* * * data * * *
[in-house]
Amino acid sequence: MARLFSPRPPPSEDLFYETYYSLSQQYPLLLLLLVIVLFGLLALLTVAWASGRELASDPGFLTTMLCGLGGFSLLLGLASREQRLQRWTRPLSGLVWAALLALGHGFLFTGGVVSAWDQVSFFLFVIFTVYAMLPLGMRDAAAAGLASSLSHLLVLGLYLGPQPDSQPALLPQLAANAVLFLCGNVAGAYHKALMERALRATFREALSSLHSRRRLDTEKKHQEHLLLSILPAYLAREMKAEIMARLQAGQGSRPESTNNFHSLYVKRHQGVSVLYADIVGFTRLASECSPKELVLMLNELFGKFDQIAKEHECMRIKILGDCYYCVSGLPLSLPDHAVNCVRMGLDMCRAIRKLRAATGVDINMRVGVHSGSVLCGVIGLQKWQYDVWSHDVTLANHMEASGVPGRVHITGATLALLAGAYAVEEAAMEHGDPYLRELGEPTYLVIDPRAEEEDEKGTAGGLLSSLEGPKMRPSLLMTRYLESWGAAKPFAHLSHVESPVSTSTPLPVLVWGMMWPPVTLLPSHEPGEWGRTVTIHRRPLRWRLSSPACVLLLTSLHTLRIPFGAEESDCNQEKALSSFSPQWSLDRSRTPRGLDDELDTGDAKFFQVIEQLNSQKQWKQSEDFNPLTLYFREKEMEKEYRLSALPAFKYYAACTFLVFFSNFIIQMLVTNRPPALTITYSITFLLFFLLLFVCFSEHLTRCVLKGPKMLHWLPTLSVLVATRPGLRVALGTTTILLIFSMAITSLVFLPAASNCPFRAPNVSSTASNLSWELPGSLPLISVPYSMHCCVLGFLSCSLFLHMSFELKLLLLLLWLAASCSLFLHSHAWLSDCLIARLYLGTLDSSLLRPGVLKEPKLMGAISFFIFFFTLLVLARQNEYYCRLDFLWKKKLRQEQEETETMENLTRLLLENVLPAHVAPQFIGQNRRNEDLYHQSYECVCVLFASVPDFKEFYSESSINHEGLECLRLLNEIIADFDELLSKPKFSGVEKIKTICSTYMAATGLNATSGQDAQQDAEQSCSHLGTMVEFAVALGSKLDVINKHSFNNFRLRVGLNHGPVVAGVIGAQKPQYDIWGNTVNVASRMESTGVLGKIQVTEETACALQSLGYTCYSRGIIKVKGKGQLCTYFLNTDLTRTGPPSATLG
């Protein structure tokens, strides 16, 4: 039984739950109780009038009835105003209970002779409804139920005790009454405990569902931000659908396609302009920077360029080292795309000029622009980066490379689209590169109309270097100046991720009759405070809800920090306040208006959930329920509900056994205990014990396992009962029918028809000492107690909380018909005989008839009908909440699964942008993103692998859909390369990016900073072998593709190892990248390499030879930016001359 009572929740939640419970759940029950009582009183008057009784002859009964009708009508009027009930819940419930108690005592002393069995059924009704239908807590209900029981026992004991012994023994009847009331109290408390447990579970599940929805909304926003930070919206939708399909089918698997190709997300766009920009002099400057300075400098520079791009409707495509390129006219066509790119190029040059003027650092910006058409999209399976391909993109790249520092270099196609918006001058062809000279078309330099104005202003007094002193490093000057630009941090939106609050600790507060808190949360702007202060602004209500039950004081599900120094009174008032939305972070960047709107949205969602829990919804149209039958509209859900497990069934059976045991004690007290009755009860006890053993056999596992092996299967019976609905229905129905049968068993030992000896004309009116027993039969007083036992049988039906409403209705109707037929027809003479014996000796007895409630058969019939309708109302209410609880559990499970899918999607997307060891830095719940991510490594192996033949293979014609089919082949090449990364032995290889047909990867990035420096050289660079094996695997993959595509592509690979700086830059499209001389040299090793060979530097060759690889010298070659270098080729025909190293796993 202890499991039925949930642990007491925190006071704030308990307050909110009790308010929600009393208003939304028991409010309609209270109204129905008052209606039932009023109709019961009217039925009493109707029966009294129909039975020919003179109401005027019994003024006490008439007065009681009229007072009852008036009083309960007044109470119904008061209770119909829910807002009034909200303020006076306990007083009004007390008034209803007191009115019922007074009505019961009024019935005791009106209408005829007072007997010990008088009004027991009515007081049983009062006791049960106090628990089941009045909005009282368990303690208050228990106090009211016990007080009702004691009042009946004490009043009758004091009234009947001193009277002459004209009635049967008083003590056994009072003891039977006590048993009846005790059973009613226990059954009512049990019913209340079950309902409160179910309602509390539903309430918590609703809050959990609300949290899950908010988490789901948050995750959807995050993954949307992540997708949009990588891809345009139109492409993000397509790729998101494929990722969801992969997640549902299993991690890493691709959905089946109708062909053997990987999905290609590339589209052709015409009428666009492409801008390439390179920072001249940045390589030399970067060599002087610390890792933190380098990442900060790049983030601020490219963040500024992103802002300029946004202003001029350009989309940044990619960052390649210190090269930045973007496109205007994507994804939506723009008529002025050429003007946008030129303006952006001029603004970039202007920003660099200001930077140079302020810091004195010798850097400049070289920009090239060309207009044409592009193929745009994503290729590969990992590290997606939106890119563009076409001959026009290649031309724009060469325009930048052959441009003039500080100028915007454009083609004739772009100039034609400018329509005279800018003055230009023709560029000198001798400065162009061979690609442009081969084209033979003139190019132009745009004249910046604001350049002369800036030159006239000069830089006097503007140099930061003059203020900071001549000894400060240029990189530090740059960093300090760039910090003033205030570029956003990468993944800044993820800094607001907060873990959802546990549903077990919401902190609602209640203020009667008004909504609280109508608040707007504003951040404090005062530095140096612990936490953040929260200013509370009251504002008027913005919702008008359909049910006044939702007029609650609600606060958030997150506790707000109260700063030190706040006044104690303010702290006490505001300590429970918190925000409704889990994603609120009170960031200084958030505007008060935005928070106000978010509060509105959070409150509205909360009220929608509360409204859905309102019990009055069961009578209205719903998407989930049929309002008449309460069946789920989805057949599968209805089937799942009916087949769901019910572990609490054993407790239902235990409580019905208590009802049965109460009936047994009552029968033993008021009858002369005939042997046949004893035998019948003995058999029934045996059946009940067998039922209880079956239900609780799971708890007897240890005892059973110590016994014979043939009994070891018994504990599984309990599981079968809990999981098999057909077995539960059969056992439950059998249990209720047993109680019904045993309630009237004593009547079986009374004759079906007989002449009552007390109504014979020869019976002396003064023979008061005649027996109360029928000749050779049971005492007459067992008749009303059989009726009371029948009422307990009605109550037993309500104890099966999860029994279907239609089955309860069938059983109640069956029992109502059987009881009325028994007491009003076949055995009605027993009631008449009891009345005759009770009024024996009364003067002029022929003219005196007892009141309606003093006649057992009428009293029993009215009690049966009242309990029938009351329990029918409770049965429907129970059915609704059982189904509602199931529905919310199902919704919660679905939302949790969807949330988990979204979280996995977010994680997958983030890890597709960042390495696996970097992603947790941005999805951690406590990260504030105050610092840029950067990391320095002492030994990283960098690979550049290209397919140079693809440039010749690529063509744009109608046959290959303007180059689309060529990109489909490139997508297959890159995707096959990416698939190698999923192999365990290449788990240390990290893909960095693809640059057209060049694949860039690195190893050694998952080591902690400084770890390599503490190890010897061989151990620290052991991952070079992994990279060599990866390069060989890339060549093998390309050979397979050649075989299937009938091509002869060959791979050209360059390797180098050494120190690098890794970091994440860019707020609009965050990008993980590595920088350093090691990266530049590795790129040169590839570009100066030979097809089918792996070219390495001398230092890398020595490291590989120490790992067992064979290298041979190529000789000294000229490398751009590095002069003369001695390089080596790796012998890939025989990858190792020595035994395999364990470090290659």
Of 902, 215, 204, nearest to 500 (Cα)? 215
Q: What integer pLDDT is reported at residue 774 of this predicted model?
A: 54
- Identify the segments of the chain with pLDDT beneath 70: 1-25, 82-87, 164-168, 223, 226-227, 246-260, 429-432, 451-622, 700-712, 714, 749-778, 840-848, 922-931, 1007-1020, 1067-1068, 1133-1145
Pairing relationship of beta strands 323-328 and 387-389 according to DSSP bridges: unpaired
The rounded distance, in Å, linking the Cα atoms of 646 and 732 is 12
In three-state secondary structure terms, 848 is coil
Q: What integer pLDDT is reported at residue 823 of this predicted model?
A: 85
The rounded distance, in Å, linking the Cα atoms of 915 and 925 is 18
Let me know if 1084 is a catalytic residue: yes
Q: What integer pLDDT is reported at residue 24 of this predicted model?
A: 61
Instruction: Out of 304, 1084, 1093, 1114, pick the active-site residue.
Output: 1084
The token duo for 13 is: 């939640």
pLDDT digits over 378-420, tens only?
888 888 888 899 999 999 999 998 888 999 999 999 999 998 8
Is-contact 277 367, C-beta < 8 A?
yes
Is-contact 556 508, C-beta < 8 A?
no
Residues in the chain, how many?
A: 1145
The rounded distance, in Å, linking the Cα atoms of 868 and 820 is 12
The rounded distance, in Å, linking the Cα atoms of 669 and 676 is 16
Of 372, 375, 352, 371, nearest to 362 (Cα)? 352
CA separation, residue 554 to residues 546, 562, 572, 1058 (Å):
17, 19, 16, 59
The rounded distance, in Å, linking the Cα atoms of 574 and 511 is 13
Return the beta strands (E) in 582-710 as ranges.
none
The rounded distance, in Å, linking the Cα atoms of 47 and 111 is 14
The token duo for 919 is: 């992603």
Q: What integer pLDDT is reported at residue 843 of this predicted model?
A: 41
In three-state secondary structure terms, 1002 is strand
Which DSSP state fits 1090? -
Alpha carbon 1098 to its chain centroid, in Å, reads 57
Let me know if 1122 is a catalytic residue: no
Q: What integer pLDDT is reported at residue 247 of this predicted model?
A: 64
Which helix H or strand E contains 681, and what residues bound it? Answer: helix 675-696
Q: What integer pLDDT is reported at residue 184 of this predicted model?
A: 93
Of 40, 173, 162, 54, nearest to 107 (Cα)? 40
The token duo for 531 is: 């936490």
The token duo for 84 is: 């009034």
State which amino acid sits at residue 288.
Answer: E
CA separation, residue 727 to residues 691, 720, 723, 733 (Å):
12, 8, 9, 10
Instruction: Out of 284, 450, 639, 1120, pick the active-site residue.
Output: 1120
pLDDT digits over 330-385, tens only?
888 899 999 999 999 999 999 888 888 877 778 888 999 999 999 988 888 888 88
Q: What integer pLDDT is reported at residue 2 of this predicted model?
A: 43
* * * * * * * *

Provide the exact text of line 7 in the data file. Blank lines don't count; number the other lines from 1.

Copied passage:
- Identify the segments of the chain with pLDDT beneath 70: 1-25, 82-87, 164-168, 223, 226-227, 246-260, 429-432, 451-622, 700-712, 714, 749-778, 840-848, 922-931, 1007-1020, 1067-1068, 1133-1145